I may have indicated in previous posts that I am reluctant to deep-fry, or generally to use tons of oil. In part, this is because I think it really has to be worth it to eat something deep-fried. I mean, if I am going to have so much oil, I think I would prefer it to be in the form of red velvet cake with cream cheese frosting, or a Chinatown ice coffee with light cream, or a gigantic slice of pizza from John’s. . . or any number of other sweet and savory treats. Deep fried snacky items just seem like a waste.
But I also have mild PTSD from a deep-frying incident almost three years ago, and that’s the real reason I have to have a good reason to fill a pan with oil, heat it to whatever-hundred degrees, and then throw things into it.
Once, when we were living in Brooklyn, I decided to make kadhi-pakora for dinner. It is one of Ankur’s favorite things to eat at home, and it is a simple, hearty dish. You make a gravy with yogurt and chickpea flour, then you fry some pakoras and soak them in the gravy. It’s comforting and spicy and warm. Maybe one day I’ll make it again.
Kishmish and Pista were at home, playing near the kitchen, as I started heating oil in a big, wobbly wok on the stove. I had already made the batter for the pakoras, so I was just waiting for the oil to get hot. While I was waiting, I decided to reach up to get something — a cookie? a bag of flour? a utensil? I don’t even remember — out of the cabinet right over the stove. Stupidly, I had packed that cabinet with heavy, cumbersome items, one of which (a bottle of soy sauce, if I’m not mistaken) came plummeting out as I opened the cabinet door and splashed down in the middle of the pot of oil. Warm (not hot, thankfully!) oil splashed all over my face and up to the ceiling. It splashed to the wall opposite the stove, and what didn’t hit the floor in the first wave started dripping to the floor from the stuff on the ceiling. It was a terrible, mess, and a mess that Kishmish and Pista ran towards, as toddlers do, as soon as they heard the splash.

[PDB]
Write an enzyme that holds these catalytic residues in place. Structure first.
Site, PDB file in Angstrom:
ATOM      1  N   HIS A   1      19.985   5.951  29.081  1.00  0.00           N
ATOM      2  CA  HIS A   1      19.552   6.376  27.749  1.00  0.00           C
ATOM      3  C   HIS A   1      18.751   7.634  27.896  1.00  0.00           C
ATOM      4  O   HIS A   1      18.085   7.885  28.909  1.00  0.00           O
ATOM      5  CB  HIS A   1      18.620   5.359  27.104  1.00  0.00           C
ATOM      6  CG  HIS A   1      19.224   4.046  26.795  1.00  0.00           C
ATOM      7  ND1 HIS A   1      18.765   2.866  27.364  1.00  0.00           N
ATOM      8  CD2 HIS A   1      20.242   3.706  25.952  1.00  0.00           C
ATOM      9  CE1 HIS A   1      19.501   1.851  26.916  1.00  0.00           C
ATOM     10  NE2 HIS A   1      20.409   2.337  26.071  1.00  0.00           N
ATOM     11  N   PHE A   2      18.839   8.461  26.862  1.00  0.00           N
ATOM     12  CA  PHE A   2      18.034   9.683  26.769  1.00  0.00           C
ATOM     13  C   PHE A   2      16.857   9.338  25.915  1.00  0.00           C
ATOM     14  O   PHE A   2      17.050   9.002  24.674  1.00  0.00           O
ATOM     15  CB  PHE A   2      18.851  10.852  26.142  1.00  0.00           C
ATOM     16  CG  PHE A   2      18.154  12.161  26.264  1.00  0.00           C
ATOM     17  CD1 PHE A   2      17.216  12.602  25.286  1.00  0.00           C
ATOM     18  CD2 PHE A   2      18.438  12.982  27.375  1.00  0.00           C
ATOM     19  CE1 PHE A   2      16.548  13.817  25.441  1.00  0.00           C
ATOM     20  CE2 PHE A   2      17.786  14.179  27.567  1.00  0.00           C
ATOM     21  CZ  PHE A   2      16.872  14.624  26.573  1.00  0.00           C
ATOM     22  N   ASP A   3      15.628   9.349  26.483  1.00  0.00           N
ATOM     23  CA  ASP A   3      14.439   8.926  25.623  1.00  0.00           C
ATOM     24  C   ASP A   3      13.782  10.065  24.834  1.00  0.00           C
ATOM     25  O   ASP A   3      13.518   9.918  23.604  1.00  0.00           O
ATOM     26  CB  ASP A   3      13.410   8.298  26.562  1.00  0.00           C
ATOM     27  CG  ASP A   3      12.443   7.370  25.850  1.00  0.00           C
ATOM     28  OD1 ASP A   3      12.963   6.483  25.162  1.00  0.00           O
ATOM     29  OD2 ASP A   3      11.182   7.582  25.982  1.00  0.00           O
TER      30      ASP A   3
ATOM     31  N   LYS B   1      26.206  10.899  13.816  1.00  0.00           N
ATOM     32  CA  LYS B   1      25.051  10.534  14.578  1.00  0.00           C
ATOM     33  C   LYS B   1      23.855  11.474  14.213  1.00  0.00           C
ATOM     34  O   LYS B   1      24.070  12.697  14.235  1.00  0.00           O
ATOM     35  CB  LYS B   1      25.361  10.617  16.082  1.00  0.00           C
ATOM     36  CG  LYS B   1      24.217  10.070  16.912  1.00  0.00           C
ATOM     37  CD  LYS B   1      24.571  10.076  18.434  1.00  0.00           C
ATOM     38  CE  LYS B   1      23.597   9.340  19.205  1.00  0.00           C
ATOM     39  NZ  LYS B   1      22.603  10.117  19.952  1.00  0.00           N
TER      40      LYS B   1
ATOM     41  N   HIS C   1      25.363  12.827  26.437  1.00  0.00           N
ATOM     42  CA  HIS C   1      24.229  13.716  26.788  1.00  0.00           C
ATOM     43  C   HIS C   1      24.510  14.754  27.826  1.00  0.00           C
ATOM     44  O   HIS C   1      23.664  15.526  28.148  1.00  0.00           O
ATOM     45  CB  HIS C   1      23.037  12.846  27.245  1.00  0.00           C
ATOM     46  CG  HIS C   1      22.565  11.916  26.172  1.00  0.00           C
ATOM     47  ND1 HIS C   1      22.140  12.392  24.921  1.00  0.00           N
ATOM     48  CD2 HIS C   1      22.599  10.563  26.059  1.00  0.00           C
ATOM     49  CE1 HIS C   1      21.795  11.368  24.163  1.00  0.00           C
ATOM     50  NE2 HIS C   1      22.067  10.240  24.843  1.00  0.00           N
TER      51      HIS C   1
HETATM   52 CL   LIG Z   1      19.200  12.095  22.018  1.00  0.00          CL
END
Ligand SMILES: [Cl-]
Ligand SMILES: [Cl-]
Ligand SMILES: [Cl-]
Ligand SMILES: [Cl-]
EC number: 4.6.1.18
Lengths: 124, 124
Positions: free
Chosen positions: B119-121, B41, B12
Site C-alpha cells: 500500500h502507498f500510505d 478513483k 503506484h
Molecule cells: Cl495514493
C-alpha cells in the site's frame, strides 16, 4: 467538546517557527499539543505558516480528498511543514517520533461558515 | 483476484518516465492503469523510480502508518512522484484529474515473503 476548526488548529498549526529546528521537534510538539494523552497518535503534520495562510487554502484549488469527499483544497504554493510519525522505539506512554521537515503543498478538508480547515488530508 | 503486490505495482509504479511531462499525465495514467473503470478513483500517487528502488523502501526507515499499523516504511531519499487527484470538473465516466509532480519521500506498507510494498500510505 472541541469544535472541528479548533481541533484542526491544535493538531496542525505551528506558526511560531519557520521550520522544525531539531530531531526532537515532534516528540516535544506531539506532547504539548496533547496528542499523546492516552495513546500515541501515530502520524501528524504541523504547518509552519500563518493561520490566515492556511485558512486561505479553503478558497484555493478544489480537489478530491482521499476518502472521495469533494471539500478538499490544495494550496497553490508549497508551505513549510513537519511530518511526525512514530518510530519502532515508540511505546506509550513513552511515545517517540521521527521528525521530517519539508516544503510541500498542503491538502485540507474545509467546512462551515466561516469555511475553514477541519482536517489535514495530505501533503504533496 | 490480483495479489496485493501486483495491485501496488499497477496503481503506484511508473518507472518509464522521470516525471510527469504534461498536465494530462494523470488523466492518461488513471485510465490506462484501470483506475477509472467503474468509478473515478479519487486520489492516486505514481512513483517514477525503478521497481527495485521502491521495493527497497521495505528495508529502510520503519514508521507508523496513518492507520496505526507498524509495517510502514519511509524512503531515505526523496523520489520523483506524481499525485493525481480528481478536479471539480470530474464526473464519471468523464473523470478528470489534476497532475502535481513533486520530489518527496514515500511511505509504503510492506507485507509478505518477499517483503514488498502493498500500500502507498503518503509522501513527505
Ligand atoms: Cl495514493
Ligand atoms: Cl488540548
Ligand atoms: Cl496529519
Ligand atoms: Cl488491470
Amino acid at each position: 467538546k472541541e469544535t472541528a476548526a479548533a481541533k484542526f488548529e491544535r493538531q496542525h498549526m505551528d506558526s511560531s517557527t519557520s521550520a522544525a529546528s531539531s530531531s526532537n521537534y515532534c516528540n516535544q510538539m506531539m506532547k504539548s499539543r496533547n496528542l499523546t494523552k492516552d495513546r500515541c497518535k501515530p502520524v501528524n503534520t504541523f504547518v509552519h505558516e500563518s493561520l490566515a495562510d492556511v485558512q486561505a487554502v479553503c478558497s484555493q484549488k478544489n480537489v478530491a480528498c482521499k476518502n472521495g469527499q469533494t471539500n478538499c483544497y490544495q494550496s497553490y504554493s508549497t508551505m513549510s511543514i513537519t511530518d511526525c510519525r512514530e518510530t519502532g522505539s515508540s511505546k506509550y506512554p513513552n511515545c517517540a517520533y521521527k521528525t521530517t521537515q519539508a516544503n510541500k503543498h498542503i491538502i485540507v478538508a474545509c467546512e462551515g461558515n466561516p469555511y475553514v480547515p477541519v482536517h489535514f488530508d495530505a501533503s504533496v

Two or three minutes later, I really would have been in big trouble, and the girls would have been, too. Seriously, cooking with oil is just crazy.
When Ankur got home I had cleaned up most of the mess (and moved to Plan B for dinner), but I was still shaken and panicked, and the streaks of oil dripping from the wall were still a little scary and disgusting. I related the story, ending with, “And if the oil had been any hotter I would have ended up like Zeenat Aman in Satyam Shivam Sundaram!” Ankur rolled his eyes a little, and I’ll admit it was the wrong comparison to make. I mean, in that movie, Roopa has a much harder life to begin with, and then she’s burned with a frying pan. Plus, she’s not even married — there’s the real difference! I mean really, I can burn my face with hot oil, and what’s actually the worst thing that could happen? It’s not like I would end up alone under a waterfall in a too-short sari trying to entice Shashi Kapoor.